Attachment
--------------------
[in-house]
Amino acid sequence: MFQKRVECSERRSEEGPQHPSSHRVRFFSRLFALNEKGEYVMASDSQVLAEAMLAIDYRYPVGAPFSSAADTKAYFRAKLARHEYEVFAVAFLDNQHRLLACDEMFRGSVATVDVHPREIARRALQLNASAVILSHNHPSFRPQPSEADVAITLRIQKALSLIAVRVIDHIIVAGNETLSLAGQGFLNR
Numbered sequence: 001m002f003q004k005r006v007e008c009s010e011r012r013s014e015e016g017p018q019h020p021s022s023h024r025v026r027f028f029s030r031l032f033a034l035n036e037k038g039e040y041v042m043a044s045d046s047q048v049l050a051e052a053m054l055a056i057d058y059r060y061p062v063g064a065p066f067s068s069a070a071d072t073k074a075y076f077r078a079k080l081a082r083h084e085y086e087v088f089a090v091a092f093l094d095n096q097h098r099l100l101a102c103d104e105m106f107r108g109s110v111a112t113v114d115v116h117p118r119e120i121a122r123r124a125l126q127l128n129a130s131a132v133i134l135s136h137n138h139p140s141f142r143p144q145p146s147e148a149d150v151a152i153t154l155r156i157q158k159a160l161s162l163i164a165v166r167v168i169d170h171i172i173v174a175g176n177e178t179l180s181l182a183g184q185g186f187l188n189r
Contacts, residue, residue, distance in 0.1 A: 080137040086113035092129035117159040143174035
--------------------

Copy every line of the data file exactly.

[in-house]
Amino acid sequence: MFQKRVECSERRSEEGPQHPSSHRVRFFSRLFALNEKGEYVMASDSQVLAEAMLAIDYRYPVGAPFSSAADTKAYFRAKLARHEYEVFAVAFLDNQHRLLACDEMFRGSVATVDVHPREIARRALQLNASAVILSHNHPSFRPQPSEADVAITLRIQKALSLIAVRVIDHIIVAGNETLSLAGQGFLNR
Numbered sequence: 001m002f003q004k005r006v007e008c009s010e011r012r013s014e015e016g017p018q019h020p021s022s023h024r025v026r027f028f029s030r031l032f033a034l035n036e037k038g039e040y041v042m043a044s045d046s047q048v049l050a051e052a053m054l055a056i057d058y059r060y061p062v063g064a065p066f067s068s069a070a071d072t073k074a075y076f077r078a079k080l081a082r083h084e085y086e087v088f089a090v091a092f093l094d095n096q097h098r099l100l101a102c103d104e105m106f107r108g109s110v111a112t113v114d115v116h117p118r119e120i121a122r123r124a125l126q127l128n129a130s131a132v133i134l135s136h137n138h139p140s141f142r143p144q145p146s147e148a149d150v151a152i153t154l155r156i157q158k159a160l161s162l163i164a165v166r167v168i169d170h171i172i173v174a175g176n177e178t179l180s181l182a183g184q185g186f187l188n189r
Contacts, residue, residue, distance in 0.1 A: 080137040086113035092129035117159040143174035